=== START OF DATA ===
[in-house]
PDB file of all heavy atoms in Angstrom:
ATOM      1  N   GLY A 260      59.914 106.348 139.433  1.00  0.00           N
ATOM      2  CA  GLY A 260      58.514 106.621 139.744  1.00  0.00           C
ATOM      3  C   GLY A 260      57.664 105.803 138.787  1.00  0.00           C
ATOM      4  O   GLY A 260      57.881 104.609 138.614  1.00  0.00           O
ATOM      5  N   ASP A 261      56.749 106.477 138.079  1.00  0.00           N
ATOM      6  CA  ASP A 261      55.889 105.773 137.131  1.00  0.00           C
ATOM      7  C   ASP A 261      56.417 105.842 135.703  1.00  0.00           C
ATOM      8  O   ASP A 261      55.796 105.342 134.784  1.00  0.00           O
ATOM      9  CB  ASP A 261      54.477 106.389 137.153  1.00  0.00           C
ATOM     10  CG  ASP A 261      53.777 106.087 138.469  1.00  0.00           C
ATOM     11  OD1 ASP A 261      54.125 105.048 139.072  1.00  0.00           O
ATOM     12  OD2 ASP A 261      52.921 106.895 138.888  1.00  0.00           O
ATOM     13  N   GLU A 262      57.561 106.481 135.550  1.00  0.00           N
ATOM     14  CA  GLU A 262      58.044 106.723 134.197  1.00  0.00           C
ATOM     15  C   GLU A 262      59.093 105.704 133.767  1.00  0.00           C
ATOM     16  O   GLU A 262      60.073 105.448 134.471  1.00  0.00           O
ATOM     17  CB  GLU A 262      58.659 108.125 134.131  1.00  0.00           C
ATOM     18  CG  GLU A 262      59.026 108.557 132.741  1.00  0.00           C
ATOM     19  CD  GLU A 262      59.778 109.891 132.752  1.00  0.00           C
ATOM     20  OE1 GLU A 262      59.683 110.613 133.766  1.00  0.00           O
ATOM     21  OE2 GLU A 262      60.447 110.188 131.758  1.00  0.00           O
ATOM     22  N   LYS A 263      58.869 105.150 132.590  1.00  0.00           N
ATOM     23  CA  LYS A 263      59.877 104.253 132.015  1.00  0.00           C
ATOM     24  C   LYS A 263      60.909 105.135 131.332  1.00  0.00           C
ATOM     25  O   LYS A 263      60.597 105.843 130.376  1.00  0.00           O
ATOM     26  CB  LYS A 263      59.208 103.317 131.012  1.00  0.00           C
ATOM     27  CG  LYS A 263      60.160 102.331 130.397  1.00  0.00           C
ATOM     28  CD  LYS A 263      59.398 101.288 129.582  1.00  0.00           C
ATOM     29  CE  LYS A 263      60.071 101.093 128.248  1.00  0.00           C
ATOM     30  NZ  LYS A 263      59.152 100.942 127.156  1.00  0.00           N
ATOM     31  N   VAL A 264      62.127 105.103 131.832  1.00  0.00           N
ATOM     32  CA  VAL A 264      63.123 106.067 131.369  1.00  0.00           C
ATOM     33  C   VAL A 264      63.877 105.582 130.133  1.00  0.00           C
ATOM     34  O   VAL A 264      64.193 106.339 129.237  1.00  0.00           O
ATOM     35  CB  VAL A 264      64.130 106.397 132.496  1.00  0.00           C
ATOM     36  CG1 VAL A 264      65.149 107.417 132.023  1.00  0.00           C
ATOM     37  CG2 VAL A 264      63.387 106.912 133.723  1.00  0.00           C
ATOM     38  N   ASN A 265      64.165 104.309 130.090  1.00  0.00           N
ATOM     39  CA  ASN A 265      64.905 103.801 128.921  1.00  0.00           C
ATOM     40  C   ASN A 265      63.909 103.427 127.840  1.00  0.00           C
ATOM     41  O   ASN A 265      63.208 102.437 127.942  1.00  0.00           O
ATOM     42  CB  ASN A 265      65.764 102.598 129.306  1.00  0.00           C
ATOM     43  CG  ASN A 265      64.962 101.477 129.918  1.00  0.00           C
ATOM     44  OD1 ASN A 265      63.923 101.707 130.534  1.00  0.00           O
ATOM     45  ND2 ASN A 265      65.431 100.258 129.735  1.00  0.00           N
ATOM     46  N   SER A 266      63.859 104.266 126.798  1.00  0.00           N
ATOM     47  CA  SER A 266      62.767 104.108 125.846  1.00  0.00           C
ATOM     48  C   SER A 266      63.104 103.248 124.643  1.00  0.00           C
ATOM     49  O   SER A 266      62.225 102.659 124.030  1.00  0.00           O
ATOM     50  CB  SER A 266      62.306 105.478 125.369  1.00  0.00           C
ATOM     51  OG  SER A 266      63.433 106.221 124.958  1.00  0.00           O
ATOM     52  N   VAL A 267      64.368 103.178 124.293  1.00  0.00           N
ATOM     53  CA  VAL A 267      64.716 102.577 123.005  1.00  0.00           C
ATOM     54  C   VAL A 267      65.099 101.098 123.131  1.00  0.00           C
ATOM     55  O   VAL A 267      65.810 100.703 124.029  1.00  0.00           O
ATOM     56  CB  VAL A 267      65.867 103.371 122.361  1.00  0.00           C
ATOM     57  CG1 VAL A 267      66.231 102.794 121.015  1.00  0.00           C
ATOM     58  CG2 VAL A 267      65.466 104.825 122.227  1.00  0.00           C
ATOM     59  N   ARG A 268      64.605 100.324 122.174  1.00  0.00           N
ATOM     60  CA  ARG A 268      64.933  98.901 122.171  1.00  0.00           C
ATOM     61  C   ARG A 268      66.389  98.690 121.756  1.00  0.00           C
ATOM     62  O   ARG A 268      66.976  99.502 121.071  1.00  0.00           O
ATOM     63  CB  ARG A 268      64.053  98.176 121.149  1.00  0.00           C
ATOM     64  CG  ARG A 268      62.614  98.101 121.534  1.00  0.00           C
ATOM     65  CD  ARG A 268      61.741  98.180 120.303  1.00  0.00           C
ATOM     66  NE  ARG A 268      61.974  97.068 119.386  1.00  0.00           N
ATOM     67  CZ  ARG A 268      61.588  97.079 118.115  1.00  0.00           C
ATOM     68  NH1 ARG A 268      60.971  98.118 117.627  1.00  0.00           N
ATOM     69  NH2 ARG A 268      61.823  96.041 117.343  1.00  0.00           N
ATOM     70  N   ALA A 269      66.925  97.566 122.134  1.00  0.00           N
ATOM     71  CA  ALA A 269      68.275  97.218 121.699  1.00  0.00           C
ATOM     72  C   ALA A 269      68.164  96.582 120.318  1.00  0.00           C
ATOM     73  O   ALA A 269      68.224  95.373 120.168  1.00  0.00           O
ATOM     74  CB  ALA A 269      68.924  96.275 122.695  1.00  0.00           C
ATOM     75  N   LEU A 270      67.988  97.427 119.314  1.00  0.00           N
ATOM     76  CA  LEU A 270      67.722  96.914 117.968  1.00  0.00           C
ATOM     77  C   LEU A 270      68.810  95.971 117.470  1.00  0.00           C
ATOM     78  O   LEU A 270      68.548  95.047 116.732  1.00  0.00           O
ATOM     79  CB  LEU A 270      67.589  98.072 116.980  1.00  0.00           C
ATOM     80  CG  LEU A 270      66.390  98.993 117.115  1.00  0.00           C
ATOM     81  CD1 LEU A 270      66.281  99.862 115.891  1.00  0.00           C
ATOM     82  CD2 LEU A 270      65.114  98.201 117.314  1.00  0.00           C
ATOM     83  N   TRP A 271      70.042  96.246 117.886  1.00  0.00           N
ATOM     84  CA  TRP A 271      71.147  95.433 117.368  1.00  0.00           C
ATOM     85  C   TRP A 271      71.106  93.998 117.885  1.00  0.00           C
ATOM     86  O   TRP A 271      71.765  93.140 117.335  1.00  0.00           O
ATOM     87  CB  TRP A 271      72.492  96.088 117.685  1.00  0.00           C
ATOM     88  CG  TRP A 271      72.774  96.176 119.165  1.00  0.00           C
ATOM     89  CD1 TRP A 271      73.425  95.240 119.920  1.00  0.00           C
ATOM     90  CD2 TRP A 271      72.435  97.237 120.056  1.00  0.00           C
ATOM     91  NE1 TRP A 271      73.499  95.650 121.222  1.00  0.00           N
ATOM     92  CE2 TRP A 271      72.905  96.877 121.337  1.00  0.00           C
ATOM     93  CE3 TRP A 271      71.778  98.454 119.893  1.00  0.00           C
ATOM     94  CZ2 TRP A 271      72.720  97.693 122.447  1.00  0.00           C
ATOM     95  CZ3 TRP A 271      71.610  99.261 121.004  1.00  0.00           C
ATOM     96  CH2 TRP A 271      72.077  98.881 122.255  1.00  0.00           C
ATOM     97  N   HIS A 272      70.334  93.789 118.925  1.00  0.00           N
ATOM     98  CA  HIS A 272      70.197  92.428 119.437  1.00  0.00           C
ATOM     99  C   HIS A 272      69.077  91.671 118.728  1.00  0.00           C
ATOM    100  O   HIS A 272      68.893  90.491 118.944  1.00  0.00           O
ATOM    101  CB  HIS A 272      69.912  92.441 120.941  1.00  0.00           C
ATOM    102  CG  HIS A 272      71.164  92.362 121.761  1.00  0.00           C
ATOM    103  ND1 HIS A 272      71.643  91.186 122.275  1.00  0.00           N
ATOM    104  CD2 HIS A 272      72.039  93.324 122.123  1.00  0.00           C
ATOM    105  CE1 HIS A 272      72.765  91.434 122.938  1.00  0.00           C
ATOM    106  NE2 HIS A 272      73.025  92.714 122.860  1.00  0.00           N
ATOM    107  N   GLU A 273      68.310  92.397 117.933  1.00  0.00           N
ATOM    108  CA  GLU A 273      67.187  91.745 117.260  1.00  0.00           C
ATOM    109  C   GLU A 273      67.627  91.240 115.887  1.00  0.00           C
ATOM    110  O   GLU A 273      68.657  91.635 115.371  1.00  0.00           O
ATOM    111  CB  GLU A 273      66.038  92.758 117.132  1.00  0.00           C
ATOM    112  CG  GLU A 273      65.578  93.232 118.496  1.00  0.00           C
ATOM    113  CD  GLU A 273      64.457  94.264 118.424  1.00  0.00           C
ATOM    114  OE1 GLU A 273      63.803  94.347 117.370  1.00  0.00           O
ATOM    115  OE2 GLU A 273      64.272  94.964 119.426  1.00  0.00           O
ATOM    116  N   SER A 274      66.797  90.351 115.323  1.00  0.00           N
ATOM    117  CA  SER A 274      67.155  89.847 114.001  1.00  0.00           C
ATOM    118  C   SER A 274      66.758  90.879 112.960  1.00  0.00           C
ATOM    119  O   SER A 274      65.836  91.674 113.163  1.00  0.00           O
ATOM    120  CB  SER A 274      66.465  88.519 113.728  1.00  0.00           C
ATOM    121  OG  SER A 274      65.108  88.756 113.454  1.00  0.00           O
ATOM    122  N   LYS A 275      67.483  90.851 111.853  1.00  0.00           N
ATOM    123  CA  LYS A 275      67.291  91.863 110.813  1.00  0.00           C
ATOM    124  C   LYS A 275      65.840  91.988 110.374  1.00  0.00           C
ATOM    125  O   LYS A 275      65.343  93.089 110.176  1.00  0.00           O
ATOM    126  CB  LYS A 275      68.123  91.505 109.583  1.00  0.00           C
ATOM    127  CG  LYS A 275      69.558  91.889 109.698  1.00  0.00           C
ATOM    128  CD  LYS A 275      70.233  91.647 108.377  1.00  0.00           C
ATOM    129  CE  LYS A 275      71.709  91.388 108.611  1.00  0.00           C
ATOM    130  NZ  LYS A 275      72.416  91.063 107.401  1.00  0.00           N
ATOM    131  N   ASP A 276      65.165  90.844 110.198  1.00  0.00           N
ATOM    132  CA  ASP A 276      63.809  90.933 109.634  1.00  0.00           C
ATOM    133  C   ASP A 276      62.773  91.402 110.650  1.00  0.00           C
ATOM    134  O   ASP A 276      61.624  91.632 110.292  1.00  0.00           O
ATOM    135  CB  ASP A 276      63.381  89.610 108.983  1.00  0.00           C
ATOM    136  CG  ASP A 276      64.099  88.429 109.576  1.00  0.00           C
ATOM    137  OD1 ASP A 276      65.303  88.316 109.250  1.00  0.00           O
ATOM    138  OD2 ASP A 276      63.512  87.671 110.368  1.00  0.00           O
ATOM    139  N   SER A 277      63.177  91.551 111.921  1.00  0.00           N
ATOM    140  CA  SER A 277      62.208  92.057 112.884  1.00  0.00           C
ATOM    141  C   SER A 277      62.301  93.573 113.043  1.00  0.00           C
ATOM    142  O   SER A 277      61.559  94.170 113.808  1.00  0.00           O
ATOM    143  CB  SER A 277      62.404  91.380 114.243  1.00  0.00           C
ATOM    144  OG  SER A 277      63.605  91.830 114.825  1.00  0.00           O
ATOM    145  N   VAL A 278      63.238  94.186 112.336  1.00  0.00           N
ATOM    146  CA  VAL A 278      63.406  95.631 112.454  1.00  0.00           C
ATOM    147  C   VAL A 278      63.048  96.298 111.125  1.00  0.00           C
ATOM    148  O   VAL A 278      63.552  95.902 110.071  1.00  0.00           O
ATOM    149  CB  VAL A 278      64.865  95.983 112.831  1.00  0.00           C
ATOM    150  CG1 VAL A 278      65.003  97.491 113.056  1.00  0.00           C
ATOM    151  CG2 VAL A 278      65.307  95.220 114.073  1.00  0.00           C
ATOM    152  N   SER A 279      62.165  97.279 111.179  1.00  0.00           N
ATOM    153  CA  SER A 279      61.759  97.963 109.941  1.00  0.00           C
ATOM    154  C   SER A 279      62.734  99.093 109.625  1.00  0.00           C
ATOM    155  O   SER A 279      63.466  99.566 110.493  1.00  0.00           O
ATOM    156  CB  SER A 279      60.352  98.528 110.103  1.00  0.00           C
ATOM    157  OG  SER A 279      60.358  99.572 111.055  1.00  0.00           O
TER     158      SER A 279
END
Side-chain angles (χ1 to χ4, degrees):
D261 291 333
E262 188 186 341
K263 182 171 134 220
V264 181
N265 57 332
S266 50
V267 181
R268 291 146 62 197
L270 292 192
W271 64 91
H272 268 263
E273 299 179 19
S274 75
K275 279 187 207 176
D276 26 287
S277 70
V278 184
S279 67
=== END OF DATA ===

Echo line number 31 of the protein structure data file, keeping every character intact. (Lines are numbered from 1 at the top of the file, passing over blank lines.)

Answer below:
ATOM     29  CE  LYS A 263      60.071 101.093 128.248  1.00  0.00           C